Our Progress

Toward Development of A Cure

Rare Disease Facts

Over 7,000 different rare diseases are know today, with more being discovered each day; 30 million people in the United States are living with a rare disease. This equates to 1 in 10 Americans or 10% of the U.S. Population.

Majority (80%) of rare diseases are genetic in origin, and thus are present throughout a person’s life, even if symptoms do not immediately appear. Approximately 50% of rare diseases do not have a disease specific foundation supporting or researching their rare disease. 

95% of all rare diseases do not have a single FDA approved treatment

AGU and Drug Development Process

Every new treatment follows FDA approval process, where a drug is determined to provide benefits that outweigh its known and potential risks for the intended population. To determine the benefits and risks of a drug/treatment, a researcher investigates effects of the drug, drug delivery and doses in animals before submitting an application to try the treatment in humans.  It is  Investigational New Drug (IND) application and FDA approval allows to give the new drug in patients.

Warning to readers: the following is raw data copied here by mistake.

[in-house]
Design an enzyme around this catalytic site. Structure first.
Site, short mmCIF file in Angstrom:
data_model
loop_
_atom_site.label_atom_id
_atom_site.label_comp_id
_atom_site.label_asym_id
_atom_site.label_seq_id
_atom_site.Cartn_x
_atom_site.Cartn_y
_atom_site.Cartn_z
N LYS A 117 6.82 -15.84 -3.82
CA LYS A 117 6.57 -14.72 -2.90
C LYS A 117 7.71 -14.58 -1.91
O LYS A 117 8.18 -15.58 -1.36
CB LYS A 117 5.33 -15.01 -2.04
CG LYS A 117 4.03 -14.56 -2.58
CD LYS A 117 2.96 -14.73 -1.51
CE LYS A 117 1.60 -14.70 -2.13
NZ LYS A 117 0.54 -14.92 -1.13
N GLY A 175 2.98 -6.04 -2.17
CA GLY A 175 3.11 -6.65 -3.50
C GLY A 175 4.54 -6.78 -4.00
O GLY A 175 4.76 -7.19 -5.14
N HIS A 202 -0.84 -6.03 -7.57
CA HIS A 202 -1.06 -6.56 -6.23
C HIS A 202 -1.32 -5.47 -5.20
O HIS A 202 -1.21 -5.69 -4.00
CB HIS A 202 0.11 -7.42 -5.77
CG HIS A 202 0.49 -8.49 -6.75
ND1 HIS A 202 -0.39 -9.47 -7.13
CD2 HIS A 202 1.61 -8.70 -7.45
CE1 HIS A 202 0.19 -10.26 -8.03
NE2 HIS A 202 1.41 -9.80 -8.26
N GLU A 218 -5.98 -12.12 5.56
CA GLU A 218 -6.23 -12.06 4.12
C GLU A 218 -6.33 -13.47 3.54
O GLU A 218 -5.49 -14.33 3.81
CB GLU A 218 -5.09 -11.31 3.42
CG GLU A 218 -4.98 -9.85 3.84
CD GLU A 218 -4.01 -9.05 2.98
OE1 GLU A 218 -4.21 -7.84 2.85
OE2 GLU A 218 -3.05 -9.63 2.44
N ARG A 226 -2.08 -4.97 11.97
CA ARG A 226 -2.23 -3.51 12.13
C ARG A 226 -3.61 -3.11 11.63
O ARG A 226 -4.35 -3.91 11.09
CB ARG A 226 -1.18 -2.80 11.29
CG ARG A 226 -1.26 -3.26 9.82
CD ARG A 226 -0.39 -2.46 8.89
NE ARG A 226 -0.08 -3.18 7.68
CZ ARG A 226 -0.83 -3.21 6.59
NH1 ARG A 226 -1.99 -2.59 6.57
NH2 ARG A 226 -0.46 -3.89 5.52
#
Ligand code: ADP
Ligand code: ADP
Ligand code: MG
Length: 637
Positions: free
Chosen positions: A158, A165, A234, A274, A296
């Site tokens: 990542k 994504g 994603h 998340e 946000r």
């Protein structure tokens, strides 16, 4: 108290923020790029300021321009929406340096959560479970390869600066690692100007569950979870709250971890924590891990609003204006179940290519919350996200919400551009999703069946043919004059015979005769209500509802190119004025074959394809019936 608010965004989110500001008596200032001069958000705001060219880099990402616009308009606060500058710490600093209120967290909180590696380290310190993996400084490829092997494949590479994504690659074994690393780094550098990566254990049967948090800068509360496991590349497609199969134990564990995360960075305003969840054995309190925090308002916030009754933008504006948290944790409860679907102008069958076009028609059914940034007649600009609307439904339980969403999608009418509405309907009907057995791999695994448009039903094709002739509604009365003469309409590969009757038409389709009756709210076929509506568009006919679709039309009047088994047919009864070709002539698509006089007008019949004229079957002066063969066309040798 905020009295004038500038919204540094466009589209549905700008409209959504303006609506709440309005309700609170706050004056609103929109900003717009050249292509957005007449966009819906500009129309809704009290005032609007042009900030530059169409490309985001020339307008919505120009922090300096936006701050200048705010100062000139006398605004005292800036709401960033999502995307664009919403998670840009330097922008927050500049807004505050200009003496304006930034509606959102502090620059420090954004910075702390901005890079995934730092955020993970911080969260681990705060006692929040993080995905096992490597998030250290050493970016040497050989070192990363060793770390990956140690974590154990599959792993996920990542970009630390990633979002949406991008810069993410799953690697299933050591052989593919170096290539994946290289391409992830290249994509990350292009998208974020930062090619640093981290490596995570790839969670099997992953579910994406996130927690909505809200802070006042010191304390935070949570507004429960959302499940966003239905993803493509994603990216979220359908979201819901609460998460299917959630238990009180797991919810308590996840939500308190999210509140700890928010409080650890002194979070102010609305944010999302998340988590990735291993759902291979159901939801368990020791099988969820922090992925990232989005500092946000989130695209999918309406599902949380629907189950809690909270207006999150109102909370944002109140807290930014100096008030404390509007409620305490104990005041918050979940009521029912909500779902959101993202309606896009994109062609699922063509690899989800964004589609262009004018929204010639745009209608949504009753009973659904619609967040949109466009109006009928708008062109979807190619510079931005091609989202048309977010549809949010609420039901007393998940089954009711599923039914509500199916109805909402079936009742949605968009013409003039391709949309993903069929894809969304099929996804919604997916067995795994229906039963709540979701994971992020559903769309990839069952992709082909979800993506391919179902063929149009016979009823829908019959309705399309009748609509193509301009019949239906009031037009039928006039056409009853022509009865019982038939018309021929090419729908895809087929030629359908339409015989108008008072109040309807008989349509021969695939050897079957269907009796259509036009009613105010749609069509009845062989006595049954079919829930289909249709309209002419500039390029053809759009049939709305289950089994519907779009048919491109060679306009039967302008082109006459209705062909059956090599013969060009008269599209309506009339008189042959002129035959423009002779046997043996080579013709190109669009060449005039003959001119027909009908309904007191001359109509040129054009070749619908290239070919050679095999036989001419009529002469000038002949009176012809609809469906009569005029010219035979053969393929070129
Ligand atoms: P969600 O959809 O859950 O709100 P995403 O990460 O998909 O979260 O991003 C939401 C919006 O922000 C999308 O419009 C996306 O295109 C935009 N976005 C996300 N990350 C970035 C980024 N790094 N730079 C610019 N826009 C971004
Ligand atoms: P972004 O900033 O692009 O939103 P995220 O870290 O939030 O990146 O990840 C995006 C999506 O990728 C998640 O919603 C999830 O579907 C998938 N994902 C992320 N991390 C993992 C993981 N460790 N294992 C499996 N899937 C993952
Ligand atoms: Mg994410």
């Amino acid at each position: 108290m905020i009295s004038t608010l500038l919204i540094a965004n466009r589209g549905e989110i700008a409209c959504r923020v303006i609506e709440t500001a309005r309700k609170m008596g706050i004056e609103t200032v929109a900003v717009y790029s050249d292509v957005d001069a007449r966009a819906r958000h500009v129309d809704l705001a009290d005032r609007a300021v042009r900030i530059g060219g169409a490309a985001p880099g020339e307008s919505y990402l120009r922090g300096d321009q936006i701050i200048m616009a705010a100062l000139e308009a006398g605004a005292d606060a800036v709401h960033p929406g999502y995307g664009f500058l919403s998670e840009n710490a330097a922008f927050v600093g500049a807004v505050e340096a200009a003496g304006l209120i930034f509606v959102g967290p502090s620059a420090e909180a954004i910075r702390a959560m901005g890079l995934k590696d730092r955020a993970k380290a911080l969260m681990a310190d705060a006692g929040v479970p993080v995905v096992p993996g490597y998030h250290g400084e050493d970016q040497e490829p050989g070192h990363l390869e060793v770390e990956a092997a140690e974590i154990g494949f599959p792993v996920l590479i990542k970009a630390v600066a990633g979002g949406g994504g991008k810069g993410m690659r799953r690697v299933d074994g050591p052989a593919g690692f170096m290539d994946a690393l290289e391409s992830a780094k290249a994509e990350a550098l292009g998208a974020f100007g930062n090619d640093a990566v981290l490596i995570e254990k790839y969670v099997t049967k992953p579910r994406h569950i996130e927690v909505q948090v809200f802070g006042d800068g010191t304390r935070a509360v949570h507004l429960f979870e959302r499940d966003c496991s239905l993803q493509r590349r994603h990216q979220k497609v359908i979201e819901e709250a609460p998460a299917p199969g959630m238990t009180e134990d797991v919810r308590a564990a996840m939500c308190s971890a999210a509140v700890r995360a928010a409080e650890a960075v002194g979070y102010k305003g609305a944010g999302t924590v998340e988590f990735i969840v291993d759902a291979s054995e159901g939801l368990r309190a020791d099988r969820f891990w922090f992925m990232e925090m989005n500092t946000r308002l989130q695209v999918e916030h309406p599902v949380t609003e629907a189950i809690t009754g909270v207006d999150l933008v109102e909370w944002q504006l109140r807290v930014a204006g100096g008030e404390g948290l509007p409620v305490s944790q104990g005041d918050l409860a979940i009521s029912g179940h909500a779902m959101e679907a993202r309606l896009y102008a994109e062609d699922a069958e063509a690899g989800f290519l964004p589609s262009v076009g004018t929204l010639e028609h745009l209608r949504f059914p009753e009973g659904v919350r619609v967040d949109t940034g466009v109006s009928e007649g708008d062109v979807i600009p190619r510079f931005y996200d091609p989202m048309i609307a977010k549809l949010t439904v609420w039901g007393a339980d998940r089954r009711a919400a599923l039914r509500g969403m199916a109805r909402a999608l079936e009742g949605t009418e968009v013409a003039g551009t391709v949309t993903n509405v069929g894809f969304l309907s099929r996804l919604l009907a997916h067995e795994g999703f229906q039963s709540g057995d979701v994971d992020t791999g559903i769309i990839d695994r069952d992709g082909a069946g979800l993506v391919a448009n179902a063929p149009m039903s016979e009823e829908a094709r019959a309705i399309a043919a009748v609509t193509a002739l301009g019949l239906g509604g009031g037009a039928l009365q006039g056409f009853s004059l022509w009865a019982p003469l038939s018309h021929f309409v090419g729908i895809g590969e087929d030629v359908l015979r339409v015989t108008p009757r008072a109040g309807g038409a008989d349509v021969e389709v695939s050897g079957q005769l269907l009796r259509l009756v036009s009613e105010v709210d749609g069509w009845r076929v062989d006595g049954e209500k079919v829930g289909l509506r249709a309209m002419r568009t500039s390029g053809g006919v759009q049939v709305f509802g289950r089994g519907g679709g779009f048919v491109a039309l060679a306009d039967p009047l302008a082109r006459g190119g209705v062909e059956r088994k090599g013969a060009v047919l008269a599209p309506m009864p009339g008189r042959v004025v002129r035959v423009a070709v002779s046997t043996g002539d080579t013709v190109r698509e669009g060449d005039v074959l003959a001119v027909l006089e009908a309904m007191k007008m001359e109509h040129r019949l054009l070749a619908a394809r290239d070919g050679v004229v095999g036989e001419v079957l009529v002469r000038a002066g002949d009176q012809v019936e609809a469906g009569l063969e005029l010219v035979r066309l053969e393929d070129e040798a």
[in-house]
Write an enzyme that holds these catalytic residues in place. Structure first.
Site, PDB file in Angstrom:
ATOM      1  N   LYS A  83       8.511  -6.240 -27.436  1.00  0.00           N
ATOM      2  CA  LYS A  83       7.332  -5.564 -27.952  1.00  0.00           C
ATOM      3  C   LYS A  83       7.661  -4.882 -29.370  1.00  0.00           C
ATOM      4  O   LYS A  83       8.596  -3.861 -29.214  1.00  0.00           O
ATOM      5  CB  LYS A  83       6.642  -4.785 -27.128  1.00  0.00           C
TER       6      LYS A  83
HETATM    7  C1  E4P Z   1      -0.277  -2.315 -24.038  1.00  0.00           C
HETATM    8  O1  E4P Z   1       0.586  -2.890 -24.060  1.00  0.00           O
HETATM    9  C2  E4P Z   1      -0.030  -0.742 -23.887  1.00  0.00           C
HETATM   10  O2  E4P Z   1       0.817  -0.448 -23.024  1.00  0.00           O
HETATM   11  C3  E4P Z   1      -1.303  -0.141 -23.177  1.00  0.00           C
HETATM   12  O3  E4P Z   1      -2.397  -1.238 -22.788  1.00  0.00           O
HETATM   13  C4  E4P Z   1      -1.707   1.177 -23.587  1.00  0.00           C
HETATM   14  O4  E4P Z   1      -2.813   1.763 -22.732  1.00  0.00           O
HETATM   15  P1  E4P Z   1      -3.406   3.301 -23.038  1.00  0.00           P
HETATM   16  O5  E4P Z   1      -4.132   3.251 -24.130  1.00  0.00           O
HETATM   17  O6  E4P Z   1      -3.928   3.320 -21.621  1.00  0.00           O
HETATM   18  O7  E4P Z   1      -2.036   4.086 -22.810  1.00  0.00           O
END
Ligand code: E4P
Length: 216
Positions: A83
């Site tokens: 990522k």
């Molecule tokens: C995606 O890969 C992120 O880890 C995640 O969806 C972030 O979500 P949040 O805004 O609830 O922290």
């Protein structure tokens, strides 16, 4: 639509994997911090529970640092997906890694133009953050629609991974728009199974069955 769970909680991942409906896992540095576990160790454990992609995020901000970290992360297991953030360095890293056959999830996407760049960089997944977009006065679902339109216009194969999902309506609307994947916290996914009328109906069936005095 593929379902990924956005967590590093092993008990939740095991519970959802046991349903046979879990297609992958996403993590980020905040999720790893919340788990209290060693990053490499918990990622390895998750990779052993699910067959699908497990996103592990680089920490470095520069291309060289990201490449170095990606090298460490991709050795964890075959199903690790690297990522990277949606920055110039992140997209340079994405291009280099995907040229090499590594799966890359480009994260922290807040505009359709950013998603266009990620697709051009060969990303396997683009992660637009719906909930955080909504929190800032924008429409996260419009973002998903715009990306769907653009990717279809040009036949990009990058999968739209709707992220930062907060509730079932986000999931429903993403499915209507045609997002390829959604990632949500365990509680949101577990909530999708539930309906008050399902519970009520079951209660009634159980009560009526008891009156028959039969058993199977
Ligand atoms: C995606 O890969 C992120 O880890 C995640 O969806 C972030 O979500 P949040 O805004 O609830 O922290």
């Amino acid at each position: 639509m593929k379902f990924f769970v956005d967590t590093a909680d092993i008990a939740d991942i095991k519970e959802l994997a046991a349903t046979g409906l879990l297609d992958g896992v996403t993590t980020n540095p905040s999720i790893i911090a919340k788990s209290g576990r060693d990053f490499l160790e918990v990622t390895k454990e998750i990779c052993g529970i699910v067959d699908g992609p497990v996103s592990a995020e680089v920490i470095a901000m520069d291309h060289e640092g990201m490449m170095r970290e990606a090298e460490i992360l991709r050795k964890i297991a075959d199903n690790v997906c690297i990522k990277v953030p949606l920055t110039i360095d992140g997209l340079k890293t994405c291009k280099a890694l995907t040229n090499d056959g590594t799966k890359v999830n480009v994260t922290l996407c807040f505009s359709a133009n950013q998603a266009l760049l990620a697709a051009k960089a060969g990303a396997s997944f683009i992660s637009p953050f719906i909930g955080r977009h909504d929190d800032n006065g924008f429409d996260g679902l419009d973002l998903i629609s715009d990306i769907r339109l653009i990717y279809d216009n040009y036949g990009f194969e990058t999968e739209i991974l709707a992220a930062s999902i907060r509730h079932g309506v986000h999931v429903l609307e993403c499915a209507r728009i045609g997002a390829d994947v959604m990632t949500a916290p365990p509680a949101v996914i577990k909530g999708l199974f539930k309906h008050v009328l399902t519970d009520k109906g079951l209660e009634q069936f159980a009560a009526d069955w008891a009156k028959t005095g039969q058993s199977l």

We've been funding two different treatments for Aspartylglucosaminuria since 2013: Chaperone Therapy and Gene Replacement Therapy. Both drug developments go through the same development process. Chaperone therapy uses already existing medicines to treat a new disease (AGU), hence after testing it in a patient's cultured cells, governing authority allowed it to progress into a clinical trial. Gene replacement therapy went through several years of a rigorous pre-clinical animal testing to prove efficacy and safety of the chosen formulation of the gene therapy medicine. The results of this study was published in 2021. 

Since then we 

We are currently  (our progress is indicated with the orange arrow on the chart above):  

Published Research Funded by Rare Trait